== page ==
September 17, 2015 by Jeff Hurt
You don’t have to leap tall buildings in a single bound.
Nor do you have to fly at the speed of light to respond to a conference crisis. Nor do you have to use your special hidden super powers to meet your attendees’ expectations.
Instead, it’s more about reliability than heroics. It’s about creating a conference experience that attendees can count on you to deliver. They know they can rely on you to provide an experience that helps fix what ails them, to care enough to give them what they will need and to always be there shining a light in the darkness to what’s next.
Conference professionals have made the mistake that to improve the attendee experience they should give attendees what they want, not what they need. They sacrifice helping attendees improve their professional lives in the name of getting a good overall conference score. The entire focus is on getting a better overall score.
Conferences have gone from gaming attendees to get good satisfaction scores, to gaming them to improve loyalty to gaming them improve experience. The end target is the same but the name has changed.
The true end result should be creating a conference experience that is so great, so memorable and so transformative that the attendee wants to repeat it. But unfortunately, the game is getting the great score—any way possible.
To become an attendee action hero, you need to start with listening. You need to listen to what pains your paying attendee. And you have to interpret what they are really saying. Sometimes attendees just state symptoms. They just know what’s affecting them.
Regrettably, most conference leaders’ ears are filled with wax. They are too focused on improving an overall score than listening to what they paying attendees need. And they don’t spend the time to learn how to interpret the real problem.
Here are three steps that author Jeanne Bliss identifies that will help your conference leadership focus on improving attendees’ professional lives.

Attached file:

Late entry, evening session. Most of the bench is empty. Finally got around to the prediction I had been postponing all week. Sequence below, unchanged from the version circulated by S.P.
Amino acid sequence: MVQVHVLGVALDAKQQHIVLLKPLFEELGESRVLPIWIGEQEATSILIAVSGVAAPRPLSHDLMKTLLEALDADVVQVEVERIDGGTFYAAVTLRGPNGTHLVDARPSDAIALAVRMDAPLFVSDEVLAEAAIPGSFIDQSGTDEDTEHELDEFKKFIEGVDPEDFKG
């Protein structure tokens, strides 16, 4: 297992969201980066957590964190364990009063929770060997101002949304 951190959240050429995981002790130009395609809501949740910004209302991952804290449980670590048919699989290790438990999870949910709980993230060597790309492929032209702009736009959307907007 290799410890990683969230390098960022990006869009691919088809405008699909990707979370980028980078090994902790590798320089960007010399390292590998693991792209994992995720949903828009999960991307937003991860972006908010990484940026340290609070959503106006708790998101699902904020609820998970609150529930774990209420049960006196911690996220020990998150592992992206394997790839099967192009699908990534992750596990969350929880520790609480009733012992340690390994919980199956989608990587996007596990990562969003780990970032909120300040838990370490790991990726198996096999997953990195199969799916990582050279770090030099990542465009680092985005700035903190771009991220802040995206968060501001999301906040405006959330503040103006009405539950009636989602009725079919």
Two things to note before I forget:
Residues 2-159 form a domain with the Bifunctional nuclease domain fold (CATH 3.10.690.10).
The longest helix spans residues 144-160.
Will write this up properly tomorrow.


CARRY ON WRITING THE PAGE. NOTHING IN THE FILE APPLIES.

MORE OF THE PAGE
Conference planning teams need to understand what makes their attendees tick. This is where the conference leaders breed truly caring about their paying attendees’ lives more than their own scores.
Conference leaders need to connect the conference to attendees’ work ROI! This is where your surveys should collect data about the behavioral actions of your attendees after they leave the conference. Did their conference experience lead to their increased productivity or growth? Ultimately, the conference planning team asks, “Did we earn the right to our attendees’ growth?”
Frequently, conference planning teams allow every cross-disciplinary technical committee and special interest group to select and offer speakers and topics at the conference. Every silo possible is involved in independently selecting and working on pieces of the conference experience. Instead, the conference planner needs to unite leaders in focus, prioritizing and commitments. Unite leaders to select conference experiences for improvement and innovation. This establishes the few critical versus the silo-based many that the conference should focus on for the attendees’ experience and growth.
Hat Tips to author Jeanne Bliss’ insights and writings on customer experience.
How can your conference planning team gain clarity about where they want to take their conference attendees? How can you effectively challenge the idea that every committee and special interest group should have time on the conference agenda?
Filed Under: Event Planning
Your email address will not be published. Required fields are marked *